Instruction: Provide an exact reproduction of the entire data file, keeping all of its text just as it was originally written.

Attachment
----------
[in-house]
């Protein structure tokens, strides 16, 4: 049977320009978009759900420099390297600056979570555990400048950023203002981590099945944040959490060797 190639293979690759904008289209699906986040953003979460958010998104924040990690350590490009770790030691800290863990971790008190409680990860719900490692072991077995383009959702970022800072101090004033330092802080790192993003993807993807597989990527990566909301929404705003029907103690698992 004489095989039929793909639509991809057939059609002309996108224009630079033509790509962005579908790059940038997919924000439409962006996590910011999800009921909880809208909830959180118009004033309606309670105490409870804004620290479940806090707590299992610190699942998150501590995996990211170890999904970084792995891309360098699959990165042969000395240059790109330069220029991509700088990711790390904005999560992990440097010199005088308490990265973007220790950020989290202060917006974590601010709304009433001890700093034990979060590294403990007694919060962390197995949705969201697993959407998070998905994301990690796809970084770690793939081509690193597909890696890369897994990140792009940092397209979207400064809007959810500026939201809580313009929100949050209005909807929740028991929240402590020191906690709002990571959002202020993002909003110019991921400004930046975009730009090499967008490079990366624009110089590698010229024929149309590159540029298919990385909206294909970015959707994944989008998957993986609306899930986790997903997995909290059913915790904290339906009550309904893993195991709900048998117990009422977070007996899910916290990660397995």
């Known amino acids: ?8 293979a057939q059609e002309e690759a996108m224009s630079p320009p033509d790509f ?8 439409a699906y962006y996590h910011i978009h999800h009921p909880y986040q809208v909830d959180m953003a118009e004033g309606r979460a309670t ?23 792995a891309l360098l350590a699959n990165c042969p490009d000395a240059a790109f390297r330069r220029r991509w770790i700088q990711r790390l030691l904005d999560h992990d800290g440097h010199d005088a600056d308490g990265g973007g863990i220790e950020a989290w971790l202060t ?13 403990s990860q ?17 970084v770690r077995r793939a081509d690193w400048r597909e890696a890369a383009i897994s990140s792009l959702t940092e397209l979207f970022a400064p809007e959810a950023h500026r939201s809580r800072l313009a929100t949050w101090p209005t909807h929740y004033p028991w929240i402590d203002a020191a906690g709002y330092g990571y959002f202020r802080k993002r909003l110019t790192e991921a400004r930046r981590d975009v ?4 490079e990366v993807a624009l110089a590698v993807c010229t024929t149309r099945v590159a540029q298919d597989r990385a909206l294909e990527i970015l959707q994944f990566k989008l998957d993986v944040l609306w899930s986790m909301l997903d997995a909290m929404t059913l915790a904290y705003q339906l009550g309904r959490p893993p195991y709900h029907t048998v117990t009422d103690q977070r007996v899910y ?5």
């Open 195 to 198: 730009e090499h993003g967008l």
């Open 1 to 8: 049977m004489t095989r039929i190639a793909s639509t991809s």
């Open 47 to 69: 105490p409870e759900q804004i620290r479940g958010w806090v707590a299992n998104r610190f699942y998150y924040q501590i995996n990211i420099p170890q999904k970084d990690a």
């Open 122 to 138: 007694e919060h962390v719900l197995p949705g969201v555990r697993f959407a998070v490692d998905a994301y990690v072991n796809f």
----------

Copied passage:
[in-house]
């Protein structure tokens, strides 16, 4: 049977320009978009759900420099390297600056979570555990400048950023203002981590099945944040959490060797 190639293979690759904008289209699906986040953003979460958010998104924040990690350590490009770790030691800290863990971790008190409680990860719900490692072991077995383009959702970022800072101090004033330092802080790192993003993807993807597989990527990566909301929404705003029907103690698992 004489095989039929793909639509991809057939059609002309996108224009630079033509790509962005579908790059940038997919924000439409962006996590910011999800009921909880809208909830959180118009004033309606309670105490409870804004620290479940806090707590299992610190699942998150501590995996990211170890999904970084792995891309360098699959990165042969000395240059790109330069220029991509700088990711790390904005999560992990440097010199005088308490990265973007220790950020989290202060917006974590601010709304009433001890700093034990979060590294403990007694919060962390197995949705969201697993959407998070998905994301990690796809970084770690793939081509690193597909890696890369897994990140792009940092397209979207400064809007959810500026939201809580313009929100949050209005909807929740028991929240402590020191906690709002990571959002202020993002909003110019991921400004930046975009730009090499967008490079990366624009110089590698010229024929149309590159540029298919990385909206294909970015959707994944989008998957993986609306899930986790997903997995909290059913915790904290339906009550309904893993195991709900048998117990009422977070007996899910916290990660397995």
């Known amino acids: ?8 293979a057939q059609e002309e690759a996108m224009s630079p320009p033509d790509f ?8 439409a699906y962006y996590h910011i978009h999800h009921p909880y986040q809208v909830d959180m953003a118009e004033g309606r979460a309670t ?23 792995a891309l360098l350590a699959n990165c042969p490009d000395a240059a790109f390297r330069r220029r991509w770790i700088q990711r790390l030691l904005d999560h992990d800290g440097h010199d005088a600056d308490g990265g973007g863990i220790e950020a989290w971790l202060t ?13 403990s990860q ?17 970084v770690r077995r793939a081509d690193w400048r597909e890696a890369a383009i897994s990140s792009l959702t940092e397209l979207f970022a400064p809007e959810a950023h500026r939201s809580r800072l313009a929100t949050w101090p209005t909807h929740y004033p028991w929240i402590d203002a020191a906690g709002y330092g990571y959002f202020r802080k993002r909003l110019t790192e991921a400004r930046r981590d975009v ?4 490079e990366v993807a624009l110089a590698v993807c010229t024929t149309r099945v590159a540029q298919d597989r990385a909206l294909e990527i970015l959707q994944f990566k989008l998957d993986v944040l609306w899930s986790m909301l997903d997995a909290m929404t059913l915790a904290y705003q339906l009550g309904r959490p893993p195991y709900h029907t048998v117990t009422d103690q977070r007996v899910y ?5």
């Open 195 to 198: 730009e090499h993003g967008l």
């Open 1 to 8: 049977m004489t095989r039929i190639a793909s639509t991809s």
């Open 47 to 69: 105490p409870e759900q804004i620290r479940g958010w806090v707590a299992n998104r610190f699942y998150y924040q501590i995996n990211i420099p170890q999904k970084d990690a």
């Open 122 to 138: 007694e919060h962390v719900l197995p949705g969201v555990r697993f959407a998070v490692d998905a994301y990690v072991n796809f």